Memo for the Statement

There are other reasons that you may need to trade balances. For example, you may have a customer who is also a vendor. You buy from them; they buy from you; and you agree that one business will just pay the difference between the invoice and the bill. You need to record the full expense and the full income but you are not receiving the full amount and are not paying the full amount – so you need to figure out a way to reduce the payable and reduce the receivable without cash exchanging hands. The idea behind recording the transactions is similar to what we discussed here but the transactions are a little different. Another topic for another time!

The same holds true for bartering. If you barter with your customers or vendors, at least some part of the transaction does not involve cash, but you have to reduce the receivable or the payable.

Both of the above examples use a Clearing Account. Think about the Clearing Account as your Non-Cash Bank Account and then apply the principles talked about in this article.

Want to learn more? This is an excerpt from MB Raimondi’s QuickBooks Live Webinar titled “Customer & Vendor Tricky QuickBooks Transactions on April 30 2012. Go to The Sleeter Group’s QuickBooks Live Webinar page to sign up!

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Category: Construction, For Consultants/Accountants, Industry Solutions, QuickBooks Tips/Tricks, Working with QuickBooks

About the Author ()

MB (Mary Beth) Raimondi, CPA, CITP, MS Taxation is an Advanced QuickBooks Certified ProAdvisor as well as an Intuit Solution Provider. She holds certifications in Enterprise and POS and is a Sleeter Group Certified Consultant as well as a Chapter Co-Leader/Instructor for the National Advisor Network. She is also a charter member of the Intuit Training/Writing Network. She has used QuickBooks since the DOS version and has been teaching QuickBooks nationally to both end users and accountants/consultants since 1999. The focus of her practice in Trumbull, CT has migrated from a full time tax and accounting practice to mainly QuickBooks consulting, 3rd party integration and training. Visit her website at http://www.mbraimondicpa.com/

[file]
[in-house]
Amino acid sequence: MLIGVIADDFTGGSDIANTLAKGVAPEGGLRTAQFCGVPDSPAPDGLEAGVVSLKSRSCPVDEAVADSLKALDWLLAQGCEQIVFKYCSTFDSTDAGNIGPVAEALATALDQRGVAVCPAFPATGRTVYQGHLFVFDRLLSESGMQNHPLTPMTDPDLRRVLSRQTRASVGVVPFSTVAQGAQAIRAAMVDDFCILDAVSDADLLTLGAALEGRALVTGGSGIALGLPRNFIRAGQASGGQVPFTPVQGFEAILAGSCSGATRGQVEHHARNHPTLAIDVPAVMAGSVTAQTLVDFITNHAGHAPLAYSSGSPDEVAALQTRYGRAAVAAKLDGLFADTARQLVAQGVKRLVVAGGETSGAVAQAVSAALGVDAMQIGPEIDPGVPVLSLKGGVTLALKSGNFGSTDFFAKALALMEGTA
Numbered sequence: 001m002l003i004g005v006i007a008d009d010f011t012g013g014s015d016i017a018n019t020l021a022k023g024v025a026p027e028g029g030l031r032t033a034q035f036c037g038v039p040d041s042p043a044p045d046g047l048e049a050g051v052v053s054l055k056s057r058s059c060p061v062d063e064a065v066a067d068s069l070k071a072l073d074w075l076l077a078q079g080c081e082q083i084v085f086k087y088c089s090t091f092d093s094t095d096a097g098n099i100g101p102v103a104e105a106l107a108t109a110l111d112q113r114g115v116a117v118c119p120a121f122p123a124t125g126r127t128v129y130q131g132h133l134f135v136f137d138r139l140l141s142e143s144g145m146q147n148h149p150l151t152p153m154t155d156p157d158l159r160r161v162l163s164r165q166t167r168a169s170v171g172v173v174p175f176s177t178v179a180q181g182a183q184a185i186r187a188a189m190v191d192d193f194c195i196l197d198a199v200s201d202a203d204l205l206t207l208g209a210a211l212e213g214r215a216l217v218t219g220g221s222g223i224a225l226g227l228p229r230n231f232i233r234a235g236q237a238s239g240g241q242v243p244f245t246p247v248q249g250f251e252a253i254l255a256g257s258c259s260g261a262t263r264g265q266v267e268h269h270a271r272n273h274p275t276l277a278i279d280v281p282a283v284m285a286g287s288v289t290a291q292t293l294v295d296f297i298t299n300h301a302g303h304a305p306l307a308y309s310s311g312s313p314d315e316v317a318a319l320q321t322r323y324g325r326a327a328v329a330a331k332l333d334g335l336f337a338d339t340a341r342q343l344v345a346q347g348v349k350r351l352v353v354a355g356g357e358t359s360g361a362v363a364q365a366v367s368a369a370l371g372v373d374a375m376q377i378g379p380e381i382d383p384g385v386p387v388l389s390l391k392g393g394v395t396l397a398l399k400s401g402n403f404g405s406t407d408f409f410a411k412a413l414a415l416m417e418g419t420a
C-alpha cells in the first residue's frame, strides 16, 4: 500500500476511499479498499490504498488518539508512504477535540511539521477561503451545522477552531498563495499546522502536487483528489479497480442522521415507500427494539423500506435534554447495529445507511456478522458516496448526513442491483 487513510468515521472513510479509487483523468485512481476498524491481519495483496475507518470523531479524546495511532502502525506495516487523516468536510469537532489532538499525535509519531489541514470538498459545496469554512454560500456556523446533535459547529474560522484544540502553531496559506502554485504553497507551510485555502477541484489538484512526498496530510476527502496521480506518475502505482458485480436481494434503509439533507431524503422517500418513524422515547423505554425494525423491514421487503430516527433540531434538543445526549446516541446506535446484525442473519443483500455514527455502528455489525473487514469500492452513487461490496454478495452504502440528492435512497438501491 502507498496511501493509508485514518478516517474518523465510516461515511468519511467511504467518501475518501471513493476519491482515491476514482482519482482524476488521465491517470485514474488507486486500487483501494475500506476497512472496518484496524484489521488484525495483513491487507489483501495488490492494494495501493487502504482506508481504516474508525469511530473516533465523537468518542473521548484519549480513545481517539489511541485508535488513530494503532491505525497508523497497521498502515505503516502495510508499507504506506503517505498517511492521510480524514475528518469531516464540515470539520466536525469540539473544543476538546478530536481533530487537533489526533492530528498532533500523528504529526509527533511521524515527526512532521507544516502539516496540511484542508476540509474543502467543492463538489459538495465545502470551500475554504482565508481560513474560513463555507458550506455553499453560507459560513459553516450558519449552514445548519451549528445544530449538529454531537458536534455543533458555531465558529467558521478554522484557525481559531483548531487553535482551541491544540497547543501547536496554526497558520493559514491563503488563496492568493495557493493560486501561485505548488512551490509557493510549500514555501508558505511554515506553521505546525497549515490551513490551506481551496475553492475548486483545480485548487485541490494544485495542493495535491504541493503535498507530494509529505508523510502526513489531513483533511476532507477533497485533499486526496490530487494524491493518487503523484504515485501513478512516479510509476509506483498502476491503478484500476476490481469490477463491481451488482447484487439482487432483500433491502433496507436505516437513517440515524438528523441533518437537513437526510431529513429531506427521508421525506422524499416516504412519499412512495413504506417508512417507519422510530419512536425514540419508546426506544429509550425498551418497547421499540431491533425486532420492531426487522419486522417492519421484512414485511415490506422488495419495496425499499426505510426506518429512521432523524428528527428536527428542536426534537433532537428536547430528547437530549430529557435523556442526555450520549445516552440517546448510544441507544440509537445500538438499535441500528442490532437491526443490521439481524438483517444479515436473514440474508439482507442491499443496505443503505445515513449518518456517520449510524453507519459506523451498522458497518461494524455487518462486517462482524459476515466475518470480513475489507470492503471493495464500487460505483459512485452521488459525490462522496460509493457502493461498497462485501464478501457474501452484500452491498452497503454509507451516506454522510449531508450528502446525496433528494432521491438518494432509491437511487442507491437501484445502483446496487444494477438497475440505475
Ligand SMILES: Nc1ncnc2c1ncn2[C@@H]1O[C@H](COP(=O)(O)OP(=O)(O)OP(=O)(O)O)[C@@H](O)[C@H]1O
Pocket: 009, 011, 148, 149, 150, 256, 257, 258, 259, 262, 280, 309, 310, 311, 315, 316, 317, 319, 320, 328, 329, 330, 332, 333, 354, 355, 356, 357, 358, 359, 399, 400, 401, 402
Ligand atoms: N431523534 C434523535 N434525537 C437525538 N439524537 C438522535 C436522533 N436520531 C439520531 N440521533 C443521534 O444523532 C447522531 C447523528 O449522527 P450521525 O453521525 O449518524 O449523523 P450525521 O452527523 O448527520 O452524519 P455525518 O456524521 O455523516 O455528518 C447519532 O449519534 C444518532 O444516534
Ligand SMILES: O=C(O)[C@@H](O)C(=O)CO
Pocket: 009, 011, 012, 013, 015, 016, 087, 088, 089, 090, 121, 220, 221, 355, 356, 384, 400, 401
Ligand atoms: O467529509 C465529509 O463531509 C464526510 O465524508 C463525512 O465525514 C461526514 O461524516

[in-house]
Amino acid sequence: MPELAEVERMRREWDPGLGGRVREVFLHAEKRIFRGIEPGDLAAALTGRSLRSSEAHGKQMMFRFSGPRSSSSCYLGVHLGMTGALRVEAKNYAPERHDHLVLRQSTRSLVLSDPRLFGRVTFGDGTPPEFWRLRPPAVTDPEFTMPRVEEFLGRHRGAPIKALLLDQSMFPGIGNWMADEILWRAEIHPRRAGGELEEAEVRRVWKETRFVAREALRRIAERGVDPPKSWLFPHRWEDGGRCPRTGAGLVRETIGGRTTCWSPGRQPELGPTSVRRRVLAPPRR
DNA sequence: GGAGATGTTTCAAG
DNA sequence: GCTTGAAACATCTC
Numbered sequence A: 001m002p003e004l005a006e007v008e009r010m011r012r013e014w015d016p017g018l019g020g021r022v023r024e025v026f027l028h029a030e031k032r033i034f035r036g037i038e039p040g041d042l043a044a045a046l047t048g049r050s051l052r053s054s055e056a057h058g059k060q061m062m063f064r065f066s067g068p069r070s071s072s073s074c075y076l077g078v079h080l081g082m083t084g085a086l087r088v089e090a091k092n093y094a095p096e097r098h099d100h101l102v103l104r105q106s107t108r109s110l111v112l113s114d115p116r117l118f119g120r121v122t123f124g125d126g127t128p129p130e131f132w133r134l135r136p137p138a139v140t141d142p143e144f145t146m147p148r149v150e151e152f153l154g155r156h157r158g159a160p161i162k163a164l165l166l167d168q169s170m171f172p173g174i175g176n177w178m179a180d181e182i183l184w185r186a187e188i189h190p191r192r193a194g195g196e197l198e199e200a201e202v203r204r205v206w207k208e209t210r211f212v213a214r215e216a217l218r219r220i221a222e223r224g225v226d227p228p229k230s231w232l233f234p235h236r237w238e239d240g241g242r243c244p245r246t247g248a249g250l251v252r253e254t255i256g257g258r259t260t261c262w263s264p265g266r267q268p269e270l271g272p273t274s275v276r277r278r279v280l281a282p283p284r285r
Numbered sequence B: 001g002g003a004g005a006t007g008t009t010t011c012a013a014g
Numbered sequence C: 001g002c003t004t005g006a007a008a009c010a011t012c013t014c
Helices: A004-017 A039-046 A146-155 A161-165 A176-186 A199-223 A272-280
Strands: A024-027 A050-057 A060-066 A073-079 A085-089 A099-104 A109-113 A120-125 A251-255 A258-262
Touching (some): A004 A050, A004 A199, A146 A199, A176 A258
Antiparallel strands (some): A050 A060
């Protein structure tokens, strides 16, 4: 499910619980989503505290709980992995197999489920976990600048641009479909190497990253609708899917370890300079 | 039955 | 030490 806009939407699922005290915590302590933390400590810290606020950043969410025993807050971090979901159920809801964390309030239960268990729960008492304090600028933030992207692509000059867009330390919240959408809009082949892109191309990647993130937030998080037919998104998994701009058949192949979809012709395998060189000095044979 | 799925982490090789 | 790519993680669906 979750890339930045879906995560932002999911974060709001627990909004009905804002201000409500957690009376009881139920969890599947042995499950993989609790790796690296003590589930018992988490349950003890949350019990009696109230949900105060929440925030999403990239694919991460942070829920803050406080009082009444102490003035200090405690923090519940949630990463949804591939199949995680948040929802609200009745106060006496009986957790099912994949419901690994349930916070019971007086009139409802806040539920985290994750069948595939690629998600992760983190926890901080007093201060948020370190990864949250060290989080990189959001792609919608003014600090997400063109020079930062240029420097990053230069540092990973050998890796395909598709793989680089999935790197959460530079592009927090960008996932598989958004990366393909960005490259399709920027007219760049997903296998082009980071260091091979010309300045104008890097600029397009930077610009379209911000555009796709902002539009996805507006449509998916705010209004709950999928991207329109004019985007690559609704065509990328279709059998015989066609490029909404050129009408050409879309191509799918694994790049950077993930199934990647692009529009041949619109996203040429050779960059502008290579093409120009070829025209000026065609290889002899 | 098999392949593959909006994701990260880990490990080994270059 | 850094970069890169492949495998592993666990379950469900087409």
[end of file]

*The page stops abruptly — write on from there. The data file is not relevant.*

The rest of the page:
Comments (6)

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  1. Could steps 2 & 3 be replaced by a refund check issued out of the clearing bank account?

  2. This is so much better than doing it by entering a journal entry and moving the credit to the wash account then doing a second entry to move the credit from the wash account to the new job. Thanks for sharing this.

  3. However, on rereading the process, what do you do with the funds deposited in the clearing account? How do you zero that account out?

  4. MB Raimondi says:

    @Joan – basically Steps 2 & 3 are issuing a refund check. It’s a nice way to put that!
    @DeBorah – Steps 2 & 3 create a credit in the Clearing Account, Step 5, the deposit to the Clearing Account, zeros it out.

  5. MB Raimondi says:

    Just an FYI – Doug Sleeter pointed out that there may be a problem with a cash basis balance sheet. So be aware! I, myself, don’t ever run a cash basis balance sheet. There are too many quirks. I run reports on an accrual basis and do journal entries and reversing entries to put everything on a cash basis.
    When I was trying to figure out if there was a problem – I was having a hard time following the logic of what QB’s was doing! Trading the balances themselves didn’t seem to effect the cash basis balance sheet but when you actually invoiced Job B and applied the payment, it got murky!
    Just wanted to let you know.
    MB

  6. BookWorks says:

    I often just set up an item to a clearing account and create an invoice to the customer/job with the credit balance, and a credit memo same date to the customer that I want to move it to. Might be a few less steps….